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All of the items shown in these videos are available in our online store at
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blog for thousands of Tech and DIY BMW and MINI articles at:
In this DIY and How-To video, we'll show you how to change the power
steering fluid and filter on a later model BMW or MINI. Follow along as we
replace the reservoir/filter and flush the fluid on a 2001 330xi,
The power steering fluid and filter are one of the most overlooked
preventive maintenance areas on most BMWs and MINIs. (Think about it --
when did you ever changed the power steering fluid on any vehicle?) On
BMWs, this system provides Boost not
just for the steering but often for the power brakes and self-leveling
suspensions, as well. Time and time again, we'll look at the power steering
fluid in a BMW or MINI and it is filthy! (Running on old, degraded fluid
will shorten the useful life of the steering rack/gearbox, brake Booster, fluid pump, etc.) The fluid should be
bright, clear red or, depending on the application, just clean and clear
One of the reasons this system gets overlooked is that there is no direct
provision for changing the fluid; therefore the job is a bit more tedious.
But it is not so tedious that it should be ignored. We recommend a biennial
(every other year) or 50,000-mile fluid change for the power Boost system. Additionally, most systems have
a fluid filter incorporated into the fluid reservoir. (A lot of mechanics
do not even know that this filter exists!) Change the filter when changing
the fluid. (This is also a great time to replace any leaking power steering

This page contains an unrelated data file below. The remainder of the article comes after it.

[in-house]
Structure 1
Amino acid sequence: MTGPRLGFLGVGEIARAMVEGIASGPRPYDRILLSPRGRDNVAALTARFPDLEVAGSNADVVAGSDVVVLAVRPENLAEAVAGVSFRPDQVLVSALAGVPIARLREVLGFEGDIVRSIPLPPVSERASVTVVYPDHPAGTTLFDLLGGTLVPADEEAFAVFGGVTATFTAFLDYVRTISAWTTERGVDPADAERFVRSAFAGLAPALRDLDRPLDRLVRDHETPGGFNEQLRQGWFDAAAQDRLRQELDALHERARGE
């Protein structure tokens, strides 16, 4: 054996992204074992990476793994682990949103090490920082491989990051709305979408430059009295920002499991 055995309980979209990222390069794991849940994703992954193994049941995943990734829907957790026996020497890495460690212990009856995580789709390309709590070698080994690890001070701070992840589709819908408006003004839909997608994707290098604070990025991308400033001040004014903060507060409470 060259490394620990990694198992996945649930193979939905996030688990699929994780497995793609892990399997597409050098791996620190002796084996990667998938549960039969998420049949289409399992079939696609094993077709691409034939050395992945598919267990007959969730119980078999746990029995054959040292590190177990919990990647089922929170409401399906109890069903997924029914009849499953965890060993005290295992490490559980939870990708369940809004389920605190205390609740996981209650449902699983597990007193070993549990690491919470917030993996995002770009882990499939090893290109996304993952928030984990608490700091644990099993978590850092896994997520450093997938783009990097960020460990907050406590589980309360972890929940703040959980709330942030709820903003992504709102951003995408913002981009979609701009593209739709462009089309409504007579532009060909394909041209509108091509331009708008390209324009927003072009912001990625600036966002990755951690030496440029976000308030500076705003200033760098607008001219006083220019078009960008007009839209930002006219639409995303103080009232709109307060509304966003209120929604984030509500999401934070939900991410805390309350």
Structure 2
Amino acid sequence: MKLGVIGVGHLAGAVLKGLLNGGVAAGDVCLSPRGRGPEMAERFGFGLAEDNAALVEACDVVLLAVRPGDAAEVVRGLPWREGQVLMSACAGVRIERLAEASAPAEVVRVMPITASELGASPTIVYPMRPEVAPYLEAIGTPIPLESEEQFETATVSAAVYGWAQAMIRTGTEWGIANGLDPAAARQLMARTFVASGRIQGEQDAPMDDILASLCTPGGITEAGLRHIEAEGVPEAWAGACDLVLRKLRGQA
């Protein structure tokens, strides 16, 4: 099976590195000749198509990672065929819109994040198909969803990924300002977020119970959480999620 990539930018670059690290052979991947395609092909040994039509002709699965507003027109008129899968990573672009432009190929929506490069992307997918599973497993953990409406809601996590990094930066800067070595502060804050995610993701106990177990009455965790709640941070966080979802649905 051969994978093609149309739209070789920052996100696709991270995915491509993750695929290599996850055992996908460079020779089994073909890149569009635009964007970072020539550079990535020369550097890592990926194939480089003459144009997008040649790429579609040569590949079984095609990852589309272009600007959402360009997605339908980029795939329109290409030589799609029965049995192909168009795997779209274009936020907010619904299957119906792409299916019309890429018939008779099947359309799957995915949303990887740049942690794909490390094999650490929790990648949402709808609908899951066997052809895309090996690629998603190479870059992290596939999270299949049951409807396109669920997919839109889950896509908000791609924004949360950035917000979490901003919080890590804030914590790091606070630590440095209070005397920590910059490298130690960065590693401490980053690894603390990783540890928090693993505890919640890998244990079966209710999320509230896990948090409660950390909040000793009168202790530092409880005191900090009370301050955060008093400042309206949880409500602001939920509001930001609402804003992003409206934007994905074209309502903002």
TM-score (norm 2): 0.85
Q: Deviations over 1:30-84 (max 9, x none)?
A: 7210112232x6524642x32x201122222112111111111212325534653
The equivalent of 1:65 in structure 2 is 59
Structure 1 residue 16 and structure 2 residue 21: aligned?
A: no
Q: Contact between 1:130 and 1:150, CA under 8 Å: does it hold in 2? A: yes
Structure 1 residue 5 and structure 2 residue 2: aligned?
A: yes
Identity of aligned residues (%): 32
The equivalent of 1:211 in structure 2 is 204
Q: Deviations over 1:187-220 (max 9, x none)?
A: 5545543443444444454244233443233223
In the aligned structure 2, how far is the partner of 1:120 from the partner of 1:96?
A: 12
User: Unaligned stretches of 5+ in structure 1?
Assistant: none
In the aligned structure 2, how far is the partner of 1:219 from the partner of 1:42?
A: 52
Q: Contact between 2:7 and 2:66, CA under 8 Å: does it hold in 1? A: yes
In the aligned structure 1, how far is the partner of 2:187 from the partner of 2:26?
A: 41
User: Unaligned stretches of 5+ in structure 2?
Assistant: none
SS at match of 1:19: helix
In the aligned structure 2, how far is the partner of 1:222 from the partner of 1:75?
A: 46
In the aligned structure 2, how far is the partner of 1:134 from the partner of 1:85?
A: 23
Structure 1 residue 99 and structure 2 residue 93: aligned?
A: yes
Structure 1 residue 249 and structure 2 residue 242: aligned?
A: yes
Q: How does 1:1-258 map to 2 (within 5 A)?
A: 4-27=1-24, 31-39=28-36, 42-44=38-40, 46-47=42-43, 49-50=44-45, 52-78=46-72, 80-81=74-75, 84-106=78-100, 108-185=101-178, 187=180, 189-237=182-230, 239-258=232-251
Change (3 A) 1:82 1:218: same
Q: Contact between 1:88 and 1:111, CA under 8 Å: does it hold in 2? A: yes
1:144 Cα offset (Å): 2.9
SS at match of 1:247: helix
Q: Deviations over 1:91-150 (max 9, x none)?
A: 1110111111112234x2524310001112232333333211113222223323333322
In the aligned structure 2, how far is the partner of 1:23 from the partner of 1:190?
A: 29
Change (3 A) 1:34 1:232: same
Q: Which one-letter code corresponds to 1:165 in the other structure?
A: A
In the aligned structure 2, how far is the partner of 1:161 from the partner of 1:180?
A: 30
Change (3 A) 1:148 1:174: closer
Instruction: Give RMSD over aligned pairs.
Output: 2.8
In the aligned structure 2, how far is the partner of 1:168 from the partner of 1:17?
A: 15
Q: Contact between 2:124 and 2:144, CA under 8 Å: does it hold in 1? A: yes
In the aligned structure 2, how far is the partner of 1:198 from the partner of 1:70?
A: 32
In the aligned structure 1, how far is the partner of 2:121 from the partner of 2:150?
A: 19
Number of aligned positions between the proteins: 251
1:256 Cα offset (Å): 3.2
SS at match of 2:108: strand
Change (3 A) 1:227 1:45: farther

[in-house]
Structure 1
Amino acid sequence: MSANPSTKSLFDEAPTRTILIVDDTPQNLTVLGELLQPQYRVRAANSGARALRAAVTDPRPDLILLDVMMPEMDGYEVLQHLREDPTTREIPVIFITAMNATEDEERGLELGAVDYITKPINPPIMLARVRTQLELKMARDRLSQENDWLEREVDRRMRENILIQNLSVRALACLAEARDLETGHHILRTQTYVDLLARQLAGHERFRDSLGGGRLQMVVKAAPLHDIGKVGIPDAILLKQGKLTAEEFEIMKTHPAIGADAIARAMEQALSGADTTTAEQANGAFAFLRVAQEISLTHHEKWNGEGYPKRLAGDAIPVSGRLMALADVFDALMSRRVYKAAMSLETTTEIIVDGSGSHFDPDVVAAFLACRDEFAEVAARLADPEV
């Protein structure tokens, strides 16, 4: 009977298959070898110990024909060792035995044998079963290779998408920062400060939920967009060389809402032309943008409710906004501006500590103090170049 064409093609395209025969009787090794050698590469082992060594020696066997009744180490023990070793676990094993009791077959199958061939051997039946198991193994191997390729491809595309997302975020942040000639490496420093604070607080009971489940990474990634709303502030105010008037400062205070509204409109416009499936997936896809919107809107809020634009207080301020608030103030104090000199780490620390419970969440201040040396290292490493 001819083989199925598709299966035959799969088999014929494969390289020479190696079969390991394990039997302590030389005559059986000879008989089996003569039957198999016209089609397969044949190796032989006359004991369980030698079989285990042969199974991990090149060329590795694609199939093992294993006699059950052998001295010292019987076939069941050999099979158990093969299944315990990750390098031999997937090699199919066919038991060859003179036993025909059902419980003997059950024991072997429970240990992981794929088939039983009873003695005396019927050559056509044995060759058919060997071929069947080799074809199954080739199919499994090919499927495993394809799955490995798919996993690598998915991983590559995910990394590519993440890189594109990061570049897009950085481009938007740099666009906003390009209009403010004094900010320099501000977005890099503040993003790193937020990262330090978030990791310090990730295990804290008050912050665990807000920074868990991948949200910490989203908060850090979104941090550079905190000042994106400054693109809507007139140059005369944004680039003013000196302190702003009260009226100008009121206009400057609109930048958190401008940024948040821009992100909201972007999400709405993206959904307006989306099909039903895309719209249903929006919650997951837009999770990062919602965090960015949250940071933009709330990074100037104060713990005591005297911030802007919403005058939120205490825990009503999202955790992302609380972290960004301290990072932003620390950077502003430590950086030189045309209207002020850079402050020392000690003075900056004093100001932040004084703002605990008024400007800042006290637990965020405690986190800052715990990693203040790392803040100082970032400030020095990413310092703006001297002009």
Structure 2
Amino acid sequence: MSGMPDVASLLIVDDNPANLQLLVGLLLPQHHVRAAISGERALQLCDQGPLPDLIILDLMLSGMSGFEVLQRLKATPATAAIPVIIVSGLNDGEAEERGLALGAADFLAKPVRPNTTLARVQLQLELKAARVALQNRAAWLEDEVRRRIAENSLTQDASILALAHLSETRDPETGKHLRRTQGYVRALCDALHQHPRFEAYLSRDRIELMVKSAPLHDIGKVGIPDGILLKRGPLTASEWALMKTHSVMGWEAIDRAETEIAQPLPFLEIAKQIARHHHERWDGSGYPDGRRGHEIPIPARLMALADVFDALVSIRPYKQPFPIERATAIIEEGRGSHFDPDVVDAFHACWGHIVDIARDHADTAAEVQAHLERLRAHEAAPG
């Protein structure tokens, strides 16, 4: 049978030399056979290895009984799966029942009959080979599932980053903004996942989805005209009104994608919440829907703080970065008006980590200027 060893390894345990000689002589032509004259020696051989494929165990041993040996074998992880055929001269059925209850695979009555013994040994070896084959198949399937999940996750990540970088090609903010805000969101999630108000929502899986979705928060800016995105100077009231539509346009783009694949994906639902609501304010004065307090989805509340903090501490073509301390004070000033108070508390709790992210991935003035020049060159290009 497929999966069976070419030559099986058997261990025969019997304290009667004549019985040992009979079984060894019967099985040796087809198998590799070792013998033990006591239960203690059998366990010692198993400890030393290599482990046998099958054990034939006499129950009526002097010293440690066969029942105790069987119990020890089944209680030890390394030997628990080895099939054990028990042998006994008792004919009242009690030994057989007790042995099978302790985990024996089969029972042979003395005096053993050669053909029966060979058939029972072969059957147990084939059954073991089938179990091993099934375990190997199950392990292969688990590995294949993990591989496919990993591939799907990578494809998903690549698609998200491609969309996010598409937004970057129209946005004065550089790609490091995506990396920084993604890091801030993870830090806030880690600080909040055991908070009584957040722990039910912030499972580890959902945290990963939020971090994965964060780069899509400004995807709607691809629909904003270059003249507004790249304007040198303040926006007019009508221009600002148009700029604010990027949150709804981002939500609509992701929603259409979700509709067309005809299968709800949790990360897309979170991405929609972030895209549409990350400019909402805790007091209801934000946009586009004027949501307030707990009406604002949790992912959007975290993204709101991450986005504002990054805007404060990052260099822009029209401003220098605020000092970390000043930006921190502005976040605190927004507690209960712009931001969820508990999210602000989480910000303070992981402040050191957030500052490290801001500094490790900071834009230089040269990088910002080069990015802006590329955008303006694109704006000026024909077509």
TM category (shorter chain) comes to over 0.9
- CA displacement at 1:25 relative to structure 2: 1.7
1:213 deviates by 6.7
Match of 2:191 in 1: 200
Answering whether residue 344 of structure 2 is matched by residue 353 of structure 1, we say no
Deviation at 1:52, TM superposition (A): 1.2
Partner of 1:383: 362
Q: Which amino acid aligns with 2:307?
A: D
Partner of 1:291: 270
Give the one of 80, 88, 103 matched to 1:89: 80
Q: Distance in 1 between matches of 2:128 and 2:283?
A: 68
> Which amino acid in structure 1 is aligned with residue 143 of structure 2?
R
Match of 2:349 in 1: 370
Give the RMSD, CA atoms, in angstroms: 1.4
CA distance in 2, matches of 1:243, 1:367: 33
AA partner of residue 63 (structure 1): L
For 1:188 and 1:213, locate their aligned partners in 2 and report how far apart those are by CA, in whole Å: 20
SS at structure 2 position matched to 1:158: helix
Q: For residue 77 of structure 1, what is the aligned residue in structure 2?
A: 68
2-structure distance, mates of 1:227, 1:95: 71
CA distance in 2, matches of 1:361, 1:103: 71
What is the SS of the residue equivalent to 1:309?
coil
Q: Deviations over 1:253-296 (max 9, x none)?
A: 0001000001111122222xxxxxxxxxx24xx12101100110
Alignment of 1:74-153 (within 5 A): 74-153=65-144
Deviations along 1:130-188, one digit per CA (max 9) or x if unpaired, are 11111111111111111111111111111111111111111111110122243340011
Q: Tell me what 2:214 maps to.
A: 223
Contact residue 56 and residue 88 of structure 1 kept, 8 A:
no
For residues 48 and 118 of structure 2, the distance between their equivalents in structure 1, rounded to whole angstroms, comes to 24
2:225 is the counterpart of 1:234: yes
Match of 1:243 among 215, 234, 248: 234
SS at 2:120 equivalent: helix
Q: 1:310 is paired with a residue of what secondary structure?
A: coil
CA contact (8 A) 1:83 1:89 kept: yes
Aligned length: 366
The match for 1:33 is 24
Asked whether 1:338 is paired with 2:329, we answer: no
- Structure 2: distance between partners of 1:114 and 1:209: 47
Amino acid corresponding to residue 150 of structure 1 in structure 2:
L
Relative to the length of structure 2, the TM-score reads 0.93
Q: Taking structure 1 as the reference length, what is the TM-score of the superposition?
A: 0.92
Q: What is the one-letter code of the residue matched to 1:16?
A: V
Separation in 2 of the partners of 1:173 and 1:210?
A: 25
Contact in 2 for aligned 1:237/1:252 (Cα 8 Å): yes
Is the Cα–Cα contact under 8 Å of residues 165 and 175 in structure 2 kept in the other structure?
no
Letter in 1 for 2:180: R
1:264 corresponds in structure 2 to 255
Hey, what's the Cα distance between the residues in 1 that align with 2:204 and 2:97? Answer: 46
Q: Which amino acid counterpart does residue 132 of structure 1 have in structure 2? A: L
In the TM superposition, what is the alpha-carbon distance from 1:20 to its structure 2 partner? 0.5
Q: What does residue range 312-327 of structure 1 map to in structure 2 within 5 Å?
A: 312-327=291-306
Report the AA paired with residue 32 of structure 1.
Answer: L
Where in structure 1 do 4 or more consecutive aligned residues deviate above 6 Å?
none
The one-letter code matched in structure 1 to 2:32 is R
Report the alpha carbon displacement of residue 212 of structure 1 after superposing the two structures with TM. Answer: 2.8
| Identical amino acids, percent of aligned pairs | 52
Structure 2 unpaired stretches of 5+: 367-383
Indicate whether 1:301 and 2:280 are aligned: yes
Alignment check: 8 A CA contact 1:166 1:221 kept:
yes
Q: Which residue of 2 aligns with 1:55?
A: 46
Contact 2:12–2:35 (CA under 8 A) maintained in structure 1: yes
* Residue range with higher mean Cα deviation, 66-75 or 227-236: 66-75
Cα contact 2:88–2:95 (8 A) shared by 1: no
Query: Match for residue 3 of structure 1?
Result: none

hoses.) There are three different fluids used in BMWs and MINIs; the
correct fluid is typically noted on a label on the reservoir cap. We can
assist in determining the proper filter and fluid for your BMW or MINI.
Fluid transfer pump:
Hose clamp driver:
Pig Mat, oil absorbent mats:
Scrubs In A Bucket hand cleaner wipes:
Power steering fluid (Dexron-III, in this case):
Power steering reservoir/filter:
Hose and hose clamps:
All products noted in this video can be purchased in our online store,
http://www.bavauto.com/, 24 hours a day, 7 days a week. You are also
welcome to e-mail us at email@example.com or call into our headquarters and
speak to our knowledgeable advisors at (800) 535-2002 (Mon.-Thurs. 8AM to
9PM EST, Fri. 8AM to 7PM EST, and Sat. 9AM to 4PM EST).
Our Test Drive of the New Mercedes-Benz C-Class W205 (German)
A first test drive with the Mercedes C 250 (W205) in Marseille, France.
With special guest appearances:
Prof. Gorden Wagener (Vice President Design, Daimler AG)
MC Winkel (whudat.de)
Axel Griesinger (bigblogg.de)
Fabian Mechtel (autorevue.at)
Special thanks to Dirk Weyhenmeyer
Music by Christian Petermann, Alexander Röder and Tilman Sillescu,
licensed through ProudMusicLibrary.com
How to Flush Your Power Steering Fluid
this is the link to the moeller oil extractor,
this is the link to the mityvac oil extractor
In this video, I explain how to flush power steering fluid using fresh
fluid, a siphon pump (a turkey baster works just fine). This job should be
done every 30,000 miles, or 50000 km and should take less than 20 minutes
Now you can follow me on Facebook and Twitter
I am not responsible for any mishaps that may have occurred from following
these procedures. I do this to help you, the car owner, and cannot assume
responsibility for any problems. Please use this information to help
yourself, good luck, and take care.